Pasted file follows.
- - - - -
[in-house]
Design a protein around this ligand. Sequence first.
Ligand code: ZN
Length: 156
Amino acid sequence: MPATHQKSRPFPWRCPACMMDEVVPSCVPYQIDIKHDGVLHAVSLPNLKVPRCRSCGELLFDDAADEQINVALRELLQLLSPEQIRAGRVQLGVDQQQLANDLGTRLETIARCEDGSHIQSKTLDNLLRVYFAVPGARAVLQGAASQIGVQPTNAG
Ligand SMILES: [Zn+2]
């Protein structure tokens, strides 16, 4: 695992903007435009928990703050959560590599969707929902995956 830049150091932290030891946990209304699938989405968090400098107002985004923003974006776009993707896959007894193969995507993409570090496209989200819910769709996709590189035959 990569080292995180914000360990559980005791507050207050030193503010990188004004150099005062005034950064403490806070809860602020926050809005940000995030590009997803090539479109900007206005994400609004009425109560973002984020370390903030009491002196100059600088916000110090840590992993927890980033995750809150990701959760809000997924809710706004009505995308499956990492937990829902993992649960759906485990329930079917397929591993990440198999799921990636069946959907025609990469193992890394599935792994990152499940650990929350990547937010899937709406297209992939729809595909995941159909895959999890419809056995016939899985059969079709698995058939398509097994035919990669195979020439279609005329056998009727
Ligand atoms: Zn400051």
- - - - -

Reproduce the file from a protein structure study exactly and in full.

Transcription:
[in-house]
Design a protein around this ligand. Sequence first.
Ligand code: ZN
Length: 156
Amino acid sequence: MPATHQKSRPFPWRCPACMMDEVVPSCVPYQIDIKHDGVLHAVSLPNLKVPRCRSCGELLFDDAADEQINVALRELLQLLSPEQIRAGRVQLGVDQQQLANDLGTRLETIARCEDGSHIQSKTLDNLLRVYFAVPGARAVLQGAASQIGVQPTNAG
Ligand SMILES: [Zn+2]
């Protein structure tokens, strides 16, 4: 695992903007435009928990703050959560590599969707929902995956 830049150091932290030891946990209304699938989405968090400098107002985004923003974006776009993707896959007894193969995507993409570090496209989200819910769709996709590189035959 990569080292995180914000360990559980005791507050207050030193503010990188004004150099005062005034950064403490806070809860602020926050809005940000995030590009997803090539479109900007206005994400609004009425109560973002984020370390903030009491002196100059600088916000110090840590992993927890980033995750809150990701959760809000997924809710706004009505995308499956990492937990829902993992649960759906485990329930079917397929591993990440198999799921990636069946959907025609990469193992890394599935792994990152499940650990929350990547937010899937709406297209992939729809595909995941159909895959999890419809056995016939899985059969079709698995058939398509097994035919990669195979020439279609005329056998009727
Ligand atoms: Zn400051």